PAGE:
Roelof van der Struik Our idea of a bank is that they, because they can get across a whole bunch of customers, they are can be of great value. If they are not in a position to do so, what they’re supposed to do either because of the shareholders who don’t accept the lower return on equity that this product is providing, or because the balance sheet restraints for the regulator, then we are in trouble. And then we can try, I mean, we’ve spoken about, you know, peer-to-peer initiatives and everything. But I think, the regulator also calls us shadow bankers. So, I mean, what do you want? We would love to have banks to do the work for us, but now we are trying to figure out how we can be a kind of bank, which we don’t want to be. We just, we are investors. So, it’s a very strange place.

Dan Barnes OK, so what are the possible ways forward?

Andy Hill It’s never well accepted by regulators, but there is clearly an argument for a rethink about how things such as the leverage ratio is applied. That’s not to say the leverage ratio should be taken away. It’s just, should there be exemptions for certain activities where you’re not necessarily providing leverage, but you are providing a service that is fundamental for the functioning of the financial markets. I think there needs to be a recalibration of some of the regulatory requirements, leverage ratio being the main one.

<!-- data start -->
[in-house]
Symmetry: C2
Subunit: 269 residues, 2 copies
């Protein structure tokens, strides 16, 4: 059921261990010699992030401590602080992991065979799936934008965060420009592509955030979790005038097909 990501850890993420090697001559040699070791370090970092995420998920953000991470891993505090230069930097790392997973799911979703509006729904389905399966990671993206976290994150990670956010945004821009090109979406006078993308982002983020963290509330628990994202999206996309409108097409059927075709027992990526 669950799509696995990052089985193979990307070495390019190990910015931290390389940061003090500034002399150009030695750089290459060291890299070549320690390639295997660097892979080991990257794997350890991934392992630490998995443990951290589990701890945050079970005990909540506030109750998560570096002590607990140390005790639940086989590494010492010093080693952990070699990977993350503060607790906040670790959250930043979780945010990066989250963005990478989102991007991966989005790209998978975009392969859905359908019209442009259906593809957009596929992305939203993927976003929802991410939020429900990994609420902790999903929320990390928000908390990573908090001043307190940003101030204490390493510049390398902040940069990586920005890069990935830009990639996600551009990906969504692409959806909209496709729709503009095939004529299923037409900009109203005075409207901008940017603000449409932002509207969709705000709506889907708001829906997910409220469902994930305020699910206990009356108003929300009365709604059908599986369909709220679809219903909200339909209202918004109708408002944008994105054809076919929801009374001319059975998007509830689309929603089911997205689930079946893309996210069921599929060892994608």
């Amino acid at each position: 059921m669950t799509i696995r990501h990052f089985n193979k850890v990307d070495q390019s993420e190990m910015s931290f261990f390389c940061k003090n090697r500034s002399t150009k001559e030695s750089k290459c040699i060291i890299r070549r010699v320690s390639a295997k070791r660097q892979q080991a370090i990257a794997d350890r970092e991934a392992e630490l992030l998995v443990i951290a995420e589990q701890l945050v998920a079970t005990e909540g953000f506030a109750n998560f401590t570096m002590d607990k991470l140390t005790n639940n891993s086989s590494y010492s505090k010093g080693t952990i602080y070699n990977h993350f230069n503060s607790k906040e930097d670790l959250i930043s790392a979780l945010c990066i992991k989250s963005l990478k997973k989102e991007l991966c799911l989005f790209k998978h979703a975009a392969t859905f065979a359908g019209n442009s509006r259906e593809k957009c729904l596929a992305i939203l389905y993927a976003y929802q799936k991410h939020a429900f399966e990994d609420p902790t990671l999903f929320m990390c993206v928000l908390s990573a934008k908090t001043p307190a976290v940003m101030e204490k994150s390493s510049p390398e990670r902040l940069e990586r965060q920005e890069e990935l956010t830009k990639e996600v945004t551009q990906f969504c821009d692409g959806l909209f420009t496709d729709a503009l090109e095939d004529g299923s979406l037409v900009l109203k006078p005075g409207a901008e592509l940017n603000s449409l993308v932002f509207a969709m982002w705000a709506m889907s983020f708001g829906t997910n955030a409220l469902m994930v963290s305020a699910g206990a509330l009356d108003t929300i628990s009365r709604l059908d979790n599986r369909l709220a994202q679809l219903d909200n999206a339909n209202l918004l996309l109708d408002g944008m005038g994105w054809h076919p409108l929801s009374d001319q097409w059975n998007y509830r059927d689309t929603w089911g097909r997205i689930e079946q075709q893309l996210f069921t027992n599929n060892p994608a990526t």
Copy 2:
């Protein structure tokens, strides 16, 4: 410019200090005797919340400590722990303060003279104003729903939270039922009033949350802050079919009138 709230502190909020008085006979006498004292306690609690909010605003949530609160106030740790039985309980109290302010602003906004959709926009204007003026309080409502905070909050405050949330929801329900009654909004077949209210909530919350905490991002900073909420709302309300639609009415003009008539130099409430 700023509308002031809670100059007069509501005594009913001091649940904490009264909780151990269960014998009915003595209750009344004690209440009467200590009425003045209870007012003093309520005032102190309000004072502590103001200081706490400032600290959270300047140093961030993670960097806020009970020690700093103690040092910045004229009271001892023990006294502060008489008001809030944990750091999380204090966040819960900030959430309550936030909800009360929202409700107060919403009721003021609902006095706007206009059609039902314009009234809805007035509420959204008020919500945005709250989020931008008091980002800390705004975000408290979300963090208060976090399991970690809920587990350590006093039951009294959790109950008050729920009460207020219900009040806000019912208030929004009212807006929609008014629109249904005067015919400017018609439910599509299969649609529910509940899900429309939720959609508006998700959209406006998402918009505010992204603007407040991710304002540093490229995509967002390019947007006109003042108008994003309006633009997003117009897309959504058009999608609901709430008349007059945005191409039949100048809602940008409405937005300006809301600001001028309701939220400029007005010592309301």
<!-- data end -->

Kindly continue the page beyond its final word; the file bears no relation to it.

Dan Barnes Andy, Roelof, thank you very much.

Roelof van der Struik Thank you for having us.

Andy Hill Thank you.

Dan Barnes I’d like to thank Roelof van der Struik and Andy Hill for their insights, and of course, you for watching. To catch up on other markets we cover, or to subscribe to our newsletter, go to TraderTV.NET and ETFTV.NET.